Vintage Fisher Price Toys

Fisher Price Collectible Toys Strike Again

Their Work was Child’s Play
What’s in the Attic?
Linda Hamer Kennett

Vintage Fisher Price Toys
“Vintage Ad #1,027: Fisher-Price toys warm up a frosty day” by Jamie is licensed under CC BY 2.0
The Fisher Price Toy Company was formed in 1931 by Herman Fisher, Irving Price, and Helen M. Schelle. While none of the three had much experience in the field of toy manufacturing, they shared a vision to produce a line of toys that would stimulate the creativity of a child. As stated in their first catalogue it was the goal of Fisher-Price to manufacturer toys with “intrinsic play value, ingenuity, strong construction, good value for the money and action.”

The company, that would one day grow into the world’s largest producers of children’s toys and furniture, started in a 3 room concrete-block building in East Aurora, New York with 16 toys. The very first toys ever sold by Fisher-Price were the Doctor Doodle and Granny Doodle pull-toys. These brightly colored ducks made of Ponderosa Pine with steel construction, were decorated with non-toxic lithographs and quacked and waddled as they were pulled. This pair of ducks have been known to bring $1,500-$2,000 each MIB {mint in box}.

The 1950’s saw the introduction plastic toys when “Buzzy Bee” hit the market. Realizing that plastic could help the company manufacture a product that would be brighter colored and longer-lasting, they expanded their new line to include 39 plastic toys by the end of the decade. Do any of you remember the “bubble mower” which produced a stream of bubbles when pushed, the “popcorn popper” with it’s bright colored balls that flew around inside a plastic dome, or the pull-toy trains driven by Mickey Mouse? These, and many other of the toys from the 1950’s are considered “Fisher-Price Classics” and are still being produced today.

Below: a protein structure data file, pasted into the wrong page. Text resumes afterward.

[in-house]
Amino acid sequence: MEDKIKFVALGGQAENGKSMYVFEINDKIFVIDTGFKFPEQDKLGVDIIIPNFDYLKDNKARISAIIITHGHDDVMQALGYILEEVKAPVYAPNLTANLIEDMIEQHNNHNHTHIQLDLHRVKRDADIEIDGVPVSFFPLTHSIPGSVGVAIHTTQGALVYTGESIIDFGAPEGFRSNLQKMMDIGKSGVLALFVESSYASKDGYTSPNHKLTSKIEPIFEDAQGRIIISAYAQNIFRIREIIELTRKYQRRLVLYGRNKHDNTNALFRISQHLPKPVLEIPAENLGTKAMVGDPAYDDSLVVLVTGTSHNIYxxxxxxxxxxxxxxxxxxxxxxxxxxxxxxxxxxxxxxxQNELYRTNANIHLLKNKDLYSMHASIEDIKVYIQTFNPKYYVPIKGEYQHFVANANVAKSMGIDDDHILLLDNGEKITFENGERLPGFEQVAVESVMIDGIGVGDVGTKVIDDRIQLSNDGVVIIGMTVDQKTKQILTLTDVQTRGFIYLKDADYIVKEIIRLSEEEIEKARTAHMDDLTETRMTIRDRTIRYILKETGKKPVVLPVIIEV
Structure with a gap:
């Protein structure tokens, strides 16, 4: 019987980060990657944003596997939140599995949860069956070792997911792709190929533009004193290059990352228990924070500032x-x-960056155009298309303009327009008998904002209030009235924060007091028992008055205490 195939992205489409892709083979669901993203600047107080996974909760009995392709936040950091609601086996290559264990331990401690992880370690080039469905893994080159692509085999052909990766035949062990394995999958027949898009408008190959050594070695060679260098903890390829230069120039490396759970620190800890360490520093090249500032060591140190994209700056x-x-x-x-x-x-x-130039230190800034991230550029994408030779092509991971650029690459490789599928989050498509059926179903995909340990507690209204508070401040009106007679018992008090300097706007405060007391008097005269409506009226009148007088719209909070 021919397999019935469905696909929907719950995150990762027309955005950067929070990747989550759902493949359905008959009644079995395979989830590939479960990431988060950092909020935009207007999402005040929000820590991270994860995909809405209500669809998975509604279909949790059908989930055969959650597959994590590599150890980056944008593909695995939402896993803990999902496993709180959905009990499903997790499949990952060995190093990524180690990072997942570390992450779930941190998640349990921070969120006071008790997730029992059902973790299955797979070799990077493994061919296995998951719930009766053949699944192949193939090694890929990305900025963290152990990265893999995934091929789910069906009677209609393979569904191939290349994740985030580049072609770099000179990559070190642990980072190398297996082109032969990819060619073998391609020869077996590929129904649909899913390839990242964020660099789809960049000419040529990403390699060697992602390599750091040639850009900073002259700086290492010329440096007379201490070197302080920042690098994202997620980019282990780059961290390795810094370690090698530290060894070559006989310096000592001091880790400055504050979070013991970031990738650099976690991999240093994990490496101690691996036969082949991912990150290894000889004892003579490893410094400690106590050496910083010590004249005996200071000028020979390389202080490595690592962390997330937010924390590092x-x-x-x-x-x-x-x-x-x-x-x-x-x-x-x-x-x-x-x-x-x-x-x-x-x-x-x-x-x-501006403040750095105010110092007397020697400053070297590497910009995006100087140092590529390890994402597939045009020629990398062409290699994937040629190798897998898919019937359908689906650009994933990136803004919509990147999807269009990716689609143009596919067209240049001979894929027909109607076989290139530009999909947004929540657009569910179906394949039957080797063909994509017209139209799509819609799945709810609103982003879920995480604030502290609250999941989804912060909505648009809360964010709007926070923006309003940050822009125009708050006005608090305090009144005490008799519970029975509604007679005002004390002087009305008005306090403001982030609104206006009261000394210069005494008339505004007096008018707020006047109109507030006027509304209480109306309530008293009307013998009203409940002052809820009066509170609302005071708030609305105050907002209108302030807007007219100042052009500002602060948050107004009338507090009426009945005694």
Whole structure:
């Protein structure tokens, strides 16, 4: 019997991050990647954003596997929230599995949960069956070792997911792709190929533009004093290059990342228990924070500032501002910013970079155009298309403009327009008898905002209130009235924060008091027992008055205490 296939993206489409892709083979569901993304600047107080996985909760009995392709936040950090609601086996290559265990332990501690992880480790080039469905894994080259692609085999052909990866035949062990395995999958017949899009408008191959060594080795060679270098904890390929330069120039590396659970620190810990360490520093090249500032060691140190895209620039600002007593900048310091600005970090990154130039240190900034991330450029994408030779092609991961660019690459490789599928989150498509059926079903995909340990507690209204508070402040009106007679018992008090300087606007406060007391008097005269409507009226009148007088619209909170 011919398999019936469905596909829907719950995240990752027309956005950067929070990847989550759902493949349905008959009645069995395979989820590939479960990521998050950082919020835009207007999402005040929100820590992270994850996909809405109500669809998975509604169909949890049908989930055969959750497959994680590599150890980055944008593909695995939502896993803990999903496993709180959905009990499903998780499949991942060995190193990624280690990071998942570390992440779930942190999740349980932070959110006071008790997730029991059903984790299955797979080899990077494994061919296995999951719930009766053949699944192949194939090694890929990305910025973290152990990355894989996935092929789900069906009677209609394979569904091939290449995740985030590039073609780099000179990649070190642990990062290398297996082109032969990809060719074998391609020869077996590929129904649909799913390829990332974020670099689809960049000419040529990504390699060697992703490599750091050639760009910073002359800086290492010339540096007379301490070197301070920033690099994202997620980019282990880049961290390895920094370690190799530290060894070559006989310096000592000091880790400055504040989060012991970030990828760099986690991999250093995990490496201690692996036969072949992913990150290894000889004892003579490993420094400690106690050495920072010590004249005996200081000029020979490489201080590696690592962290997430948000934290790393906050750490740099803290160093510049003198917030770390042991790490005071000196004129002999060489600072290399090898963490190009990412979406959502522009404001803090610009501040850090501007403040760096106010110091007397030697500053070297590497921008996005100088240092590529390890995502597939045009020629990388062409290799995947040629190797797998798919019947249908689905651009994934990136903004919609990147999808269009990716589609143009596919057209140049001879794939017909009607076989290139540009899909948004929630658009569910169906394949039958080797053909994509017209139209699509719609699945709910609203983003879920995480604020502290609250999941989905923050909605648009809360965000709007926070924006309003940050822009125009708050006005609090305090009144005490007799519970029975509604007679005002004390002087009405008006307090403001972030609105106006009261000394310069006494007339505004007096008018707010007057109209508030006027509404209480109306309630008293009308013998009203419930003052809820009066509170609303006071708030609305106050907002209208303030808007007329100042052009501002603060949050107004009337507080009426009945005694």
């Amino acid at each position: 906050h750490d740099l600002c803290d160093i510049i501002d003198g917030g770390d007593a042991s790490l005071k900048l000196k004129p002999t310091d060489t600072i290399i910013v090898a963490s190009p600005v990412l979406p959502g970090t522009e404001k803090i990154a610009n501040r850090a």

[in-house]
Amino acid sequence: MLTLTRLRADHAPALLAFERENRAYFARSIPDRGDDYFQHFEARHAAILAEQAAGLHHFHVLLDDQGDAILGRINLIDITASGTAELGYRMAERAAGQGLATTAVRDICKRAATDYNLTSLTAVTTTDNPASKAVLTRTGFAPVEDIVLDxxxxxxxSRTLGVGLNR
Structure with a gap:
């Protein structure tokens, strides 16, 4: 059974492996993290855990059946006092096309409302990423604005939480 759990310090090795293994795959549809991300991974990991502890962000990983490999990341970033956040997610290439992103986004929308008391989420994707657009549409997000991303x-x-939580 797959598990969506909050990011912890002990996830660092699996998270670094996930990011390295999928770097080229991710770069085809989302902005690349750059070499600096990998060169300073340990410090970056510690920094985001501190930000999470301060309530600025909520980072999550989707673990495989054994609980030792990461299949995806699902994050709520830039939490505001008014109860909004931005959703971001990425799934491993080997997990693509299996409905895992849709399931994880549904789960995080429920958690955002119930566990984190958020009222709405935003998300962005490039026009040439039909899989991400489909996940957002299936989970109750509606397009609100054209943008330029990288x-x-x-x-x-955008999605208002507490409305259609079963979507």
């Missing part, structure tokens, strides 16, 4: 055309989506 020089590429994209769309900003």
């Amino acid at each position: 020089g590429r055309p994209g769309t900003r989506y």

In 1959 Fisher-Price manufacturer a group of little figures with animal and human characteristics that would evolve into the longest-lived line of toys in modern history. These tiny wooden figures ,with no arms and no legs, remain one of the most collectible of all the companies efforts and they were simply called… Little People.

The Little People have undergone six major body configurations since their inception. Early figures were wooden. All had a cylinder shaped body with females identifiable, for the first years, only by their eye make up. After 1965 you will find a wider shape used for boys and men and a conical upper shape for girls. The first group of figures were sold in 1965 as the Lacing Shoe with Play Family. The set, containing a Mom, a puppy, and four child figures, is a “must have” for any serious collector.



In 1968, Fisher-Price introduced the first Little People playset, the Play Family Barn which featured doors that “moo-ed” when opened. It was followed in 1969 by the Play Family House, the Play Family Action Garage in 1970, School is Cool in 1971 and the Little People Discovery Airport in 1972. Playsets, with all of their pieces, may take a while to assemble but are of considerable value.

In spite of their popularity the Little People faced the threat of extinction in the mid-1980’s when a picture of three of the characters were featured on the cover of the Edward Swartz publication “Toys that Kill”. The book addressed the choking dangers to small children presented by many popular toys of the day. It was taken very seriously by the major toy companies and Fisher-Priced replace their Little People with a larger version called the “Chunky People” in 1986.

For a good over view of Fisher-Price through the years, check out www.fisherprice.com, where you will find a virtual tour, a timeline of production, and many other very useful tools. Until next time… Linda

{Linda Hamer Kennett is a professional liquidator specializing in down-sizing for seniors and the valuation of estates and may be reached at 317-3556-7856 or lkennett@indy.rr.com}

Some current live auctions on eBay for Fisher Price Collectibles:


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